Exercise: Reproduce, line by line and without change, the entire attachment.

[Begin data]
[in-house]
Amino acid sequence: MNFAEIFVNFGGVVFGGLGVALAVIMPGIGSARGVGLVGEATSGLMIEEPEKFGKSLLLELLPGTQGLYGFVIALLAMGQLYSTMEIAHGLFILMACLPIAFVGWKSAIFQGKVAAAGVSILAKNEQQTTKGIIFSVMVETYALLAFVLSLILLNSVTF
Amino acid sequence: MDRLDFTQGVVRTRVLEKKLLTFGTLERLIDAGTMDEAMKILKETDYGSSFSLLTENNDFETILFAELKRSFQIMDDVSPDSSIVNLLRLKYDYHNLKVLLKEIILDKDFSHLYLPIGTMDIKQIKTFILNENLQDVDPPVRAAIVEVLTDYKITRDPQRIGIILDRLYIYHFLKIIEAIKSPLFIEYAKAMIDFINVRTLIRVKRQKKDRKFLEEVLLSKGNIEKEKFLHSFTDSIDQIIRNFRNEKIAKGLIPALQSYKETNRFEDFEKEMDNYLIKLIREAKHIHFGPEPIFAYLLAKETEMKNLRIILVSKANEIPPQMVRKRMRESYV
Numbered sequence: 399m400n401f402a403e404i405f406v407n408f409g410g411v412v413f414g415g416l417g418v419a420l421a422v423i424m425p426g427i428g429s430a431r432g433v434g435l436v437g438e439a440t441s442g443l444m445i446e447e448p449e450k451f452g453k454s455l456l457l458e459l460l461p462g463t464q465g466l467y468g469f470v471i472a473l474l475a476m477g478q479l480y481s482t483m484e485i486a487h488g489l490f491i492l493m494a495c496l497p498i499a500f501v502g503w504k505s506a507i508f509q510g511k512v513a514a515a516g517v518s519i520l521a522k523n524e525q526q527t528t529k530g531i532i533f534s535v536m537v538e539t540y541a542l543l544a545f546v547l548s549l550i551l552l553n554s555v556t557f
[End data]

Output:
[in-house]
Amino acid sequence: MNFAEIFVNFGGVVFGGLGVALAVIMPGIGSARGVGLVGEATSGLMIEEPEKFGKSLLLELLPGTQGLYGFVIALLAMGQLYSTMEIAHGLFILMACLPIAFVGWKSAIFQGKVAAAGVSILAKNEQQTTKGIIFSVMVETYALLAFVLSLILLNSVTF
Amino acid sequence: MDRLDFTQGVVRTRVLEKKLLTFGTLERLIDAGTMDEAMKILKETDYGSSFSLLTENNDFETILFAELKRSFQIMDDVSPDSSIVNLLRLKYDYHNLKVLLKEIILDKDFSHLYLPIGTMDIKQIKTFILNENLQDVDPPVRAAIVEVLTDYKITRDPQRIGIILDRLYIYHFLKIIEAIKSPLFIEYAKAMIDFINVRTLIRVKRQKKDRKFLEEVLLSKGNIEKEKFLHSFTDSIDQIIRNFRNEKIAKGLIPALQSYKETNRFEDFEKEMDNYLIKLIREAKHIHFGPEPIFAYLLAKETEMKNLRIILVSKANEIPPQMVRKRMRESYV
Numbered sequence: 399m400n401f402a403e404i405f406v407n408f409g410g411v412v413f414g415g416l417g418v419a420l421a422v423i424m425p426g427i428g429s430a431r432g433v434g435l436v437g438e439a440t441s442g443l444m445i446e447e448p449e450k451f452g453k454s455l456l457l458e459l460l461p462g463t464q465g466l467y468g469f470v471i472a473l474l475a476m477g478q479l480y481s482t483m484e485i486a487h488g489l490f491i492l493m494a495c496l497p498i499a500f501v502g503w504k505s506a507i508f509q510g511k512v513a514a515a516g517v518s519i520l521a522k523n524e525q526q527t528t529k530g531i532i533f534s535v536m537v538e539t540y541a542l543l544a545f546v547l548s549l550i551l552l553n554s555v556t557f